Becky Beach with Mom Beach let us in on a great technique to use when planning out your days work. "Use the Pomodoro technique where you time block for 25 minutes at a time. This helps you narrow your focus and get more tasks done quickly. For 5 minutes between the time blocks, you can get up and stretch or get a snack."
3. Try relaxing and focusing with essential oils
Working from home can be very distracting with kids, partners, roommates, and a cozy bed to pull you away from work. Stay focused by using essential oils in a diffuser that boost concentration, alertness, and memory like frankincense, rosemary, lemon, peppermint, or basil. I have a beautiful blend of rosemary and eucalyptus running right now!
You can also use essential oils to relax and destress, allowing you to separate work life from home life. Try using a few drops of soothing essential oils like lavender, bergamot, clary sage, frankincense or ylang-ylang in a carrier oil or hand cream to wind down after a hard day at work.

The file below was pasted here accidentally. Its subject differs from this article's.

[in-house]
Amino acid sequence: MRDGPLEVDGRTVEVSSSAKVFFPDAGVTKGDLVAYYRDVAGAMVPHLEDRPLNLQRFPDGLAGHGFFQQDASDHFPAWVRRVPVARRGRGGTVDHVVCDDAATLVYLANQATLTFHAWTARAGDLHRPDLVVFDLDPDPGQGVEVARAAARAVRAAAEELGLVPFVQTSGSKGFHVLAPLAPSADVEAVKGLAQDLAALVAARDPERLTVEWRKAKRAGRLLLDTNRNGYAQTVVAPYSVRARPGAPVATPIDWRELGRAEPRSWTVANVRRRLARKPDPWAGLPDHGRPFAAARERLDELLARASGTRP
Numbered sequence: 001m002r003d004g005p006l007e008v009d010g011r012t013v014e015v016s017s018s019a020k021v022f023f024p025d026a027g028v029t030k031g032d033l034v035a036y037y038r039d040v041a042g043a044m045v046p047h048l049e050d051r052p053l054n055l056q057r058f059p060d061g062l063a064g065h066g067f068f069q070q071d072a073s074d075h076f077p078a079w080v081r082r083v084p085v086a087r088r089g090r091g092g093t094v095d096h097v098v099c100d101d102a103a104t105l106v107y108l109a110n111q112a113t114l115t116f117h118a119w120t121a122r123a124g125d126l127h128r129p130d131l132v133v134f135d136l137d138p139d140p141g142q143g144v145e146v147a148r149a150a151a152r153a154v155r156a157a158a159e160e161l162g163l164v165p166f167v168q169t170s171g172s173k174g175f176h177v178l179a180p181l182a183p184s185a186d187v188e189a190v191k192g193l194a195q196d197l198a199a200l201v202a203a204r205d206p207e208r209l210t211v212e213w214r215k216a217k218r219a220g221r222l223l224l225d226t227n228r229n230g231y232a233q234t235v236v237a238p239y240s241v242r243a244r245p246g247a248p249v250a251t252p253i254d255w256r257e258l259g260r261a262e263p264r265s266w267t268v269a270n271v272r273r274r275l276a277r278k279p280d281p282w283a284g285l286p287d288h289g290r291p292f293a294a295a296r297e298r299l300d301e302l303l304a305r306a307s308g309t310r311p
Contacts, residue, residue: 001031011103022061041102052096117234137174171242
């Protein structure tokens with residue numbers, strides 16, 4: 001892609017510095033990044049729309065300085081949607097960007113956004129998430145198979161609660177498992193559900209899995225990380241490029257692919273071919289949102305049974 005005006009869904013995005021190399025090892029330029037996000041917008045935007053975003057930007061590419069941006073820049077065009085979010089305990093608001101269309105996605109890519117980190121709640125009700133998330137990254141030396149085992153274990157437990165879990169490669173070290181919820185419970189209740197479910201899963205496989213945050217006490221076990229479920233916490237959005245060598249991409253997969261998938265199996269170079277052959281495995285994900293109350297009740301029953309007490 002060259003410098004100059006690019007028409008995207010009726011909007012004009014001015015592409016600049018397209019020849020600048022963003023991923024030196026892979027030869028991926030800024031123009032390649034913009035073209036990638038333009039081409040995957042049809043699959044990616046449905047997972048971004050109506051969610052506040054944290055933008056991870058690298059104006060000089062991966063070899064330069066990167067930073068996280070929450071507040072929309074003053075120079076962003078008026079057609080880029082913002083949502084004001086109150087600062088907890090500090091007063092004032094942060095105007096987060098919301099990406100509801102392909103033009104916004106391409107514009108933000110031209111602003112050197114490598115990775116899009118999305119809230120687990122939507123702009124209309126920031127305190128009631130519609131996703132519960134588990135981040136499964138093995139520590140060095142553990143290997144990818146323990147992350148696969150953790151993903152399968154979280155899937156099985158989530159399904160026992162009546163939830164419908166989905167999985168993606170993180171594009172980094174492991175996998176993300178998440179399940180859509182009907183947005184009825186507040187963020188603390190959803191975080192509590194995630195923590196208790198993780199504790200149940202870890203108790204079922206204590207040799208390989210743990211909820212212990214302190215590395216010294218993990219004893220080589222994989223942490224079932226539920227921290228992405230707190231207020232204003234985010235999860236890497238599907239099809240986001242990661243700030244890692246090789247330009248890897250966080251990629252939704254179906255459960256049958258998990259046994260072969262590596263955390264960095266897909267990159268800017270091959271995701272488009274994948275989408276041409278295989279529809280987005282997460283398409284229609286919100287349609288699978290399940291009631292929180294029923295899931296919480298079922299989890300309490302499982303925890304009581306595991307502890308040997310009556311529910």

4. Make sure your new “co-workers” know the rules
Working from home can be an adjustment for everyone in the house. If you have kids, they will be in your space and they will want your attention. Make sure you lay down a basic set of rules, like how to handle things when you’re on the phone or need to focus. If your roommate or partner is also working from home, be sure to coordinate about simple things like playing music through a speaker or in headphones or whether it’s okay to have the TV on for background noise. Remember that everyone works differently and what works for you may not work for someone else. Be considerate and patient, this is a big change for everyone.
Adam Sanders with Successful Release told us just how important communication with others in your household is to your productivity. "It's very important psychologically and for your productivity to be intentional with your physical boundaries. Whether I'm working in a dedicated office, at a kitchen table, or on the couch I communicate with those around me that I'm still at work."
This tip works hand in hand with having a schedule because setting aside extra time throughout the day to play with your kids or the dog helps to keep everyone relaxed and working together peacefully.
5. Communicate more than usual